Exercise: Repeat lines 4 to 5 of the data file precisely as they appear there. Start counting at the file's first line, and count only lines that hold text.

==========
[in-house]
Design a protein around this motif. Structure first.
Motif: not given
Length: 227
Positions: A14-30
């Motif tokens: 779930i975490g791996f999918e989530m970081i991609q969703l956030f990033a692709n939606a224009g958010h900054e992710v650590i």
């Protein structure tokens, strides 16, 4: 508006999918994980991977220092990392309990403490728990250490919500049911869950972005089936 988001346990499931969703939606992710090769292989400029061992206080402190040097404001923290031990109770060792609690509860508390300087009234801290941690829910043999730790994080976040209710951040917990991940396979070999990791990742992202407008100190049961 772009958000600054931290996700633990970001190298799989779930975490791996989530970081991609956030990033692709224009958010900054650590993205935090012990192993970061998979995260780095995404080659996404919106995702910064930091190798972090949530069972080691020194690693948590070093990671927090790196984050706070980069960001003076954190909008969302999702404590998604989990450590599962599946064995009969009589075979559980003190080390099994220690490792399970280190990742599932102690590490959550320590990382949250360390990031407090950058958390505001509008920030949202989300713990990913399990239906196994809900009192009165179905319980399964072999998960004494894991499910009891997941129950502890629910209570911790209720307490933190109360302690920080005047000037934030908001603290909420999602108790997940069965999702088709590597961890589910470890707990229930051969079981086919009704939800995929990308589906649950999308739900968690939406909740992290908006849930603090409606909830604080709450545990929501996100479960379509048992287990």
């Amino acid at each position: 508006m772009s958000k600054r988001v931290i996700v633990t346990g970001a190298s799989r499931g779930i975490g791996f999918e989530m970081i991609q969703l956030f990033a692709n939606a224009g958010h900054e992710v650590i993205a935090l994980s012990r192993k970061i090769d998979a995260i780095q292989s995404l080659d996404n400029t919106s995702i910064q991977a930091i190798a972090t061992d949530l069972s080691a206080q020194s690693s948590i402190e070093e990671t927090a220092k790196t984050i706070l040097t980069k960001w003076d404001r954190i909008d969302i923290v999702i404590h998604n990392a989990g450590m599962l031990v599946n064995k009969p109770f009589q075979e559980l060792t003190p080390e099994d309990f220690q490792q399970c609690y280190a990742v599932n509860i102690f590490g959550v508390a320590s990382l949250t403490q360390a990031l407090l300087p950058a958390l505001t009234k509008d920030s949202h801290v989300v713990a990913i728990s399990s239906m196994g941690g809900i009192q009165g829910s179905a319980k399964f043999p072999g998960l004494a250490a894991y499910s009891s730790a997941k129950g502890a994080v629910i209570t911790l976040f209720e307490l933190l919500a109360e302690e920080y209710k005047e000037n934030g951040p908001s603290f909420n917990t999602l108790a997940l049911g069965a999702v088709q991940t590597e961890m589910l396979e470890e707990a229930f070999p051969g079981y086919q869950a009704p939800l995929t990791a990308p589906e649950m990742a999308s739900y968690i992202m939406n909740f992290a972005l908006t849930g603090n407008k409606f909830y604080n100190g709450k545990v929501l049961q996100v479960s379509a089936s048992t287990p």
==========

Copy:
Length: 227
Positions: A14-30